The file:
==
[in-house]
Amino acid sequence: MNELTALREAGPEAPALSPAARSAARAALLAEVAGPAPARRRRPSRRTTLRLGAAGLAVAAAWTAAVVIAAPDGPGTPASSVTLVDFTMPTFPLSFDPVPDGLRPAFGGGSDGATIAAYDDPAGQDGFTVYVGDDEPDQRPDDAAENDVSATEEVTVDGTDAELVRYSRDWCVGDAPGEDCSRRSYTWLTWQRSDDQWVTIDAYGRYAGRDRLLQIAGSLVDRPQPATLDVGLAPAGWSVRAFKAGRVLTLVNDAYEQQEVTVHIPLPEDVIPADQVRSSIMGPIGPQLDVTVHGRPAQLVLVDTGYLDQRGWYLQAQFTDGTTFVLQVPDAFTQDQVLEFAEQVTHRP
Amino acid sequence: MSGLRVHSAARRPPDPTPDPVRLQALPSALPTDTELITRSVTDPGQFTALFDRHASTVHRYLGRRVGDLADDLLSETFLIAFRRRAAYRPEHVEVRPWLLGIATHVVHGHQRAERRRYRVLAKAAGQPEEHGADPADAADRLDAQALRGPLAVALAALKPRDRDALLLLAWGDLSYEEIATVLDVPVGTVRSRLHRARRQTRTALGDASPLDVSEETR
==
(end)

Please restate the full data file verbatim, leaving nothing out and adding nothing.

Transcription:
[in-house]
Amino acid sequence: MNELTALREAGPEAPALSPAARSAARAALLAEVAGPAPARRRRPSRRTTLRLGAAGLAVAAAWTAAVVIAAPDGPGTPASSVTLVDFTMPTFPLSFDPVPDGLRPAFGGGSDGATIAAYDDPAGQDGFTVYVGDDEPDQRPDDAAENDVSATEEVTVDGTDAELVRYSRDWCVGDAPGEDCSRRSYTWLTWQRSDDQWVTIDAYGRYAGRDRLLQIAGSLVDRPQPATLDVGLAPAGWSVRAFKAGRVLTLVNDAYEQQEVTVHIPLPEDVIPADQVRSSIMGPIGPQLDVTVHGRPAQLVLVDTGYLDQRGWYLQAQFTDGTTFVLQVPDAFTQDQVLEFAEQVTHRP
Amino acid sequence: MSGLRVHSAARRPPDPTPDPVRLQALPSALPTDTELITRSVTDPGQFTALFDRHASTVHRYLGRRVGDLADDLLSETFLIAFRRRAAYRPEHVEVRPWLLGIATHVVHGHQRAERRRYRVLAKAAGQPEEHGADPADAADRLDAQALRGPLAVALAALKPRDRDALLLLAWGDLSYEEIATVLDVPVGTVRSRLHRARRQTRTALGDASPLDVSEETR